South-West Regional Network Centre for the Cambridge Primary Review

  • Awarded to: Associate Professor Carol Evans
  • Funding Awarded to Exeter: £ 6,000
  • Dates: 1 September 2011 - 31 August 2012
  • Sponsor(s): Esmee Fairbairn Foundation

The project focus centred on empowering teachers and children from four partnership schools to engage in evidence-based practice to enhance learning and teaching through the development of action research and collaborative projects. The project was successful in identifying specific foci in schools; engaging/ motivating staff in enhancing learning activities; encouraging collaborative practice across schools; supporting headteachers in leading learning projects across schools, and providing a forum for development and exchange of ideas with evidence of positive impacts on learning (in alignment with Cambridge Primary Review principles of empowering both pupils and teachers; research-informed teaching; rethinking of curricular in line with CPR aims; schools working collaboratively as communities of practice).   

A highly positive element of the project was cross-school observation and planning. In three out of the 4 schools enhancement in pupil learning was identified from project strands and all staff found the CPA activities valuable and empowering with evidence of sustained changes in practice.   Schools enjoyed the opportunity to collaborate. Head teachers found it assisted their understanding of leading learning and teaching and the work with the University of Exeter introduced them to areas that they would not have looked at without HEI involvement. A key positive element for the headteachers was having focused time to reflect on their practice with colleagues and to engage in joint ventures such as observation of teaching across schools and increased sharing of resources including joint staff training with Exeter.

Examples of projects:

St. Leonard’s is creating its own curriculum to fit the needs of its pupils and at the same time becoming a more learning centred school i.e. reflective practice. The strategic plan to engage pupils in their learning is embedded in all strands of the school improvement plan and all of the staff have committed to the changes that are being put in place. Work has involved highlighting passive child behaviour and relationship to learning; changes to home learning; investment in coaching; effective use of data; building learning power etc. The school is focusing on Pupil Attitudes to Self and School data alongside other data sources– the integration of the CPR project into the whole school improvement plan is  a significant piece of work for a large primary school.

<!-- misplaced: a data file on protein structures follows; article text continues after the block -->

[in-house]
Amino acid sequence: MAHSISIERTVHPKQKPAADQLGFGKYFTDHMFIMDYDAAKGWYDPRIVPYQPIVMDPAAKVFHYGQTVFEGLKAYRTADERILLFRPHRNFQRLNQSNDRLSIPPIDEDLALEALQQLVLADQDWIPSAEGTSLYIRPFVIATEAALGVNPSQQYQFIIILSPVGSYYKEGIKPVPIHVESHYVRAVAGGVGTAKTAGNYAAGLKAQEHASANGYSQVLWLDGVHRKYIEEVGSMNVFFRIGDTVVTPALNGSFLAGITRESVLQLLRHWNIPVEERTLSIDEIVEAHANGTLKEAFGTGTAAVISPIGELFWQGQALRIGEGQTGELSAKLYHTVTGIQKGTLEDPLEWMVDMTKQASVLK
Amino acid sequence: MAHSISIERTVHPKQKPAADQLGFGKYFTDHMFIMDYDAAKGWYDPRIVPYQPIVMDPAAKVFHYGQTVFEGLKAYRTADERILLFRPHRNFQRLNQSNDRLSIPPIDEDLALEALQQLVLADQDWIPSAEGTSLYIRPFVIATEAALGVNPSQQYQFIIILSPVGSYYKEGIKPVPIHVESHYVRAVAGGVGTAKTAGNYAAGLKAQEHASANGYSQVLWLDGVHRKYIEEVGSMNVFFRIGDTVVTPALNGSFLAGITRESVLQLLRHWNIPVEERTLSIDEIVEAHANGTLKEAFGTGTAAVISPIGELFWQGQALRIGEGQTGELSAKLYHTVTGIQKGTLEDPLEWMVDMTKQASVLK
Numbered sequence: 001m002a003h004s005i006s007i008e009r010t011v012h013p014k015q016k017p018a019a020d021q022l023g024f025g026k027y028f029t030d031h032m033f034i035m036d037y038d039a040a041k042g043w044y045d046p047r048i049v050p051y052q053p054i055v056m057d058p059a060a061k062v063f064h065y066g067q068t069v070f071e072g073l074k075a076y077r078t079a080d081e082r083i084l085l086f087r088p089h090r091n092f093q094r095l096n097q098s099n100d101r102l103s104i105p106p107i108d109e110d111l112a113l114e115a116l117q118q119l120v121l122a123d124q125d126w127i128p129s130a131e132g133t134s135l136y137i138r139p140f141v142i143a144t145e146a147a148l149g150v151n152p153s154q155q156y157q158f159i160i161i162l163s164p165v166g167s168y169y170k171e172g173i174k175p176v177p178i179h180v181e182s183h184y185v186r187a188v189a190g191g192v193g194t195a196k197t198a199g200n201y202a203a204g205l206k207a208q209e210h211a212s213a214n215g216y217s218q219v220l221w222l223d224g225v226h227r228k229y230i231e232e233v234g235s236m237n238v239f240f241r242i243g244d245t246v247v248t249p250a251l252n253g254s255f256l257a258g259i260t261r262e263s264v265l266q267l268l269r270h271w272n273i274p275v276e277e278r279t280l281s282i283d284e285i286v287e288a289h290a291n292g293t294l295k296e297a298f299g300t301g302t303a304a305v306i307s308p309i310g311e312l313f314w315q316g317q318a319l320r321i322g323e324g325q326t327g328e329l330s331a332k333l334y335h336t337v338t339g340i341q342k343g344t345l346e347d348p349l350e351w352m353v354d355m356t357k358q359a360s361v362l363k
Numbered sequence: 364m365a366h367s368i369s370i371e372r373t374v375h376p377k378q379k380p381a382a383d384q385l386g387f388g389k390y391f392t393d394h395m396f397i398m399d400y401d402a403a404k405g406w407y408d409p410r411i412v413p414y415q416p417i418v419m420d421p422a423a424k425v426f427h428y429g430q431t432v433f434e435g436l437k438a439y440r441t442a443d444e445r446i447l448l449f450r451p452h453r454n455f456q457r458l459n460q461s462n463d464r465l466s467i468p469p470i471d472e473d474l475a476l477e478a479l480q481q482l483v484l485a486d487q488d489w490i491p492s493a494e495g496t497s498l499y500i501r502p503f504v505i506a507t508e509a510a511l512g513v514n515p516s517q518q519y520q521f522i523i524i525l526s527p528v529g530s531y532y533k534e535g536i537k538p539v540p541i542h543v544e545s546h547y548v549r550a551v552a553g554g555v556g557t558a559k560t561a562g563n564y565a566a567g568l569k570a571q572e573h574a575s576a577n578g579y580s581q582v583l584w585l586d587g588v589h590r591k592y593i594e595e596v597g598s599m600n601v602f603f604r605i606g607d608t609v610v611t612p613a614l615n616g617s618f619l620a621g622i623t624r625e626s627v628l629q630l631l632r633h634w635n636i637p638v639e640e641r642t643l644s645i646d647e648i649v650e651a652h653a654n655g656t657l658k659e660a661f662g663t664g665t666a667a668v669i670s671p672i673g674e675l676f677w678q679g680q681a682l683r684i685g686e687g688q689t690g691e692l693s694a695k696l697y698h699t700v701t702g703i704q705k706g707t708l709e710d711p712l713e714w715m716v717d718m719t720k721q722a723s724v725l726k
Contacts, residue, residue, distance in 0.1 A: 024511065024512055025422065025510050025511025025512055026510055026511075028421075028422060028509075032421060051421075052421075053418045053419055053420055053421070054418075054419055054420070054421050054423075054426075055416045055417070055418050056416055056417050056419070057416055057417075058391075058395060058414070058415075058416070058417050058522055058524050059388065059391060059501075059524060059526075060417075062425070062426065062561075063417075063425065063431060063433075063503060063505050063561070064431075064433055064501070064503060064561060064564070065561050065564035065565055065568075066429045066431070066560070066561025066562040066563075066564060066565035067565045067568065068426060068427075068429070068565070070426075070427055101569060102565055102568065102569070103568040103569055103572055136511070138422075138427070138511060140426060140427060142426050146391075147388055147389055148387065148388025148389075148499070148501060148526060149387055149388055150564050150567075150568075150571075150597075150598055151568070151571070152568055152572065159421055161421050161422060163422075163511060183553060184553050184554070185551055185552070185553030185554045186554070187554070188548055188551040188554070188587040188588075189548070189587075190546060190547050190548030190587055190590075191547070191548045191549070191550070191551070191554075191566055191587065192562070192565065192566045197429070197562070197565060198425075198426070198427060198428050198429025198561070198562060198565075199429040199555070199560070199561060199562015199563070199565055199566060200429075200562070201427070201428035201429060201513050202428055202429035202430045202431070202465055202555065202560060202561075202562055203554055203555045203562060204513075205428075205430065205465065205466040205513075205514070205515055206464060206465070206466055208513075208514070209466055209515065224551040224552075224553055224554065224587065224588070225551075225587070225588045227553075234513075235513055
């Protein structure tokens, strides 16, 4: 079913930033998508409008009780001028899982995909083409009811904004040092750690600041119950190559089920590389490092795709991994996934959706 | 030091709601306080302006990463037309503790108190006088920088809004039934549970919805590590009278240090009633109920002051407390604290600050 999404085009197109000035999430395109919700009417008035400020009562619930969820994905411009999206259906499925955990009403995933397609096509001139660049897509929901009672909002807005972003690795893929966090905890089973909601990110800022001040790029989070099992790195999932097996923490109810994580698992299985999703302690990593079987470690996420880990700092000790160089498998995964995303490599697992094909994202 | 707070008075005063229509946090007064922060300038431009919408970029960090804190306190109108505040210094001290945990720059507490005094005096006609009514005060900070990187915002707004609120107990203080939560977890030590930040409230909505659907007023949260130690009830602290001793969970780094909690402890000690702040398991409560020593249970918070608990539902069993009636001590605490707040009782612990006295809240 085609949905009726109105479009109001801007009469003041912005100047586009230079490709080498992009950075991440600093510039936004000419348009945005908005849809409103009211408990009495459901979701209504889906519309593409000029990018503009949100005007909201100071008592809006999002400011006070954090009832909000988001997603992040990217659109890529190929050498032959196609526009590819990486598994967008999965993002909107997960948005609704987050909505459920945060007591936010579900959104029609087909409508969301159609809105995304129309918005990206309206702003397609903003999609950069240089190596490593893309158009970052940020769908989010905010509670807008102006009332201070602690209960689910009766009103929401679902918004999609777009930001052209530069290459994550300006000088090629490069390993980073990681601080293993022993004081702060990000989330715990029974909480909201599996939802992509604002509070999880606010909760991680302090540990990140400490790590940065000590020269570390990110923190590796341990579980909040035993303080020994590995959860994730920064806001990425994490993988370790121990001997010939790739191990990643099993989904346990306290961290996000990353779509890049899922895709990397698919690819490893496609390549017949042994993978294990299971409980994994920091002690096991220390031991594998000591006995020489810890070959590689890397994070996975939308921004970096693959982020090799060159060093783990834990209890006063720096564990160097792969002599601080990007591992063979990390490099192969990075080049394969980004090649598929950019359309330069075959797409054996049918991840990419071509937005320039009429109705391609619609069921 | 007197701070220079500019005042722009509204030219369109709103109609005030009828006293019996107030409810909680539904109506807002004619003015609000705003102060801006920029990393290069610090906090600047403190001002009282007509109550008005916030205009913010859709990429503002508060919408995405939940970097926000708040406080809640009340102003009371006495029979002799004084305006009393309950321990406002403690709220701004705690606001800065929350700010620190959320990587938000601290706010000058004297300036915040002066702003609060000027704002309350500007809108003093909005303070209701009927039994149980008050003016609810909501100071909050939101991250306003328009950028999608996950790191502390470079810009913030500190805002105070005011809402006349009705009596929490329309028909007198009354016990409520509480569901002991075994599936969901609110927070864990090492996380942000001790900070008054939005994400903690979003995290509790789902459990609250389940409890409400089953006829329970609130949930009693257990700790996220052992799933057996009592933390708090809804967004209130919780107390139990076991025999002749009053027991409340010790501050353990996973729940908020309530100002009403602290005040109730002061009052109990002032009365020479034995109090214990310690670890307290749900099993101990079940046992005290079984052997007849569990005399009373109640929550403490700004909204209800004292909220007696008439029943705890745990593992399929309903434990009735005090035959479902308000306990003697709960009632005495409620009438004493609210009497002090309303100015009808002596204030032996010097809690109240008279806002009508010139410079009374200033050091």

Sandford: The school has built its aims around the 12 CPR aims. These have been shared with staff, parents, pupils and governors. To enhance pupil engagement with their learning, the school has: (i) increased use of Assessment for Learning strategies and a dialogic approach to teaching in order to engage pupils; (ii) is reorganising planning processes to allow for a more creative and engaging curriculum including greater focus and resource on outdoor learning; (iii) reordering curriculum timings in order to allow for more immersion and thus engagement; (iv) teaching pupils the language from Building Learning Power so that they are more able to reflect upon their learning; (v) improving  theuse of individual targets and of mentoring, to help pupils’ engage more with their learning.

At Kingskerswell, to support pupil and staff engagement, the following have been undertaken:
(i) the introduction of holistic, cross curricular approach to organising learning with pupil involvement in planning; (ii) 2011 introduction of new, topic based curriculum;(iii) total overhaul of practice, planning and curriculum in the Foundation Stage; (iv) implementation of Forest School provision so each child spends a half day every four weeks in our Forest School on site; (v) distributed leadership model to encourage change ;(vi) attention to stress management and emotional well-being of staff – regular meetings with staff planned in to discuss change.

Positive outcomes of the project included evidence of enhanced learning outcomes for pupils in three of the four schools. The commitment of one school, St. Leonards to ongoing projects (Community in the Curriculum day for local schools; providing research training for the Torbay Curriculum Network; lesson study as an integral element of staff development). Most importantly, success of the work was directly linked to how closely it was integrated into the whole school improvement plan. Furthermore, clarifying intentions with all stakeholders was found to be important (e.g. parents). Schools developed and enhanced understanding of the importance of building into the project impact measures (hard and soft data) to assist them in developing their practice and in being able to communicate outcome data to all stakeholders - as part of this, the importance of initial benchmarking data in order to measure relative success of interventions was highlighted.  Key learning points:

  • Value of time together to discuss learning and teaching.
  • Importance of work being sustainable without funding.
  • Importance of level of experience of lead person in each school.
  • Importance of external critical friend (UoE).
  • Access to relevant research and training support for teachers within schools.
  • Work most successful when linked to whole school improvement plan.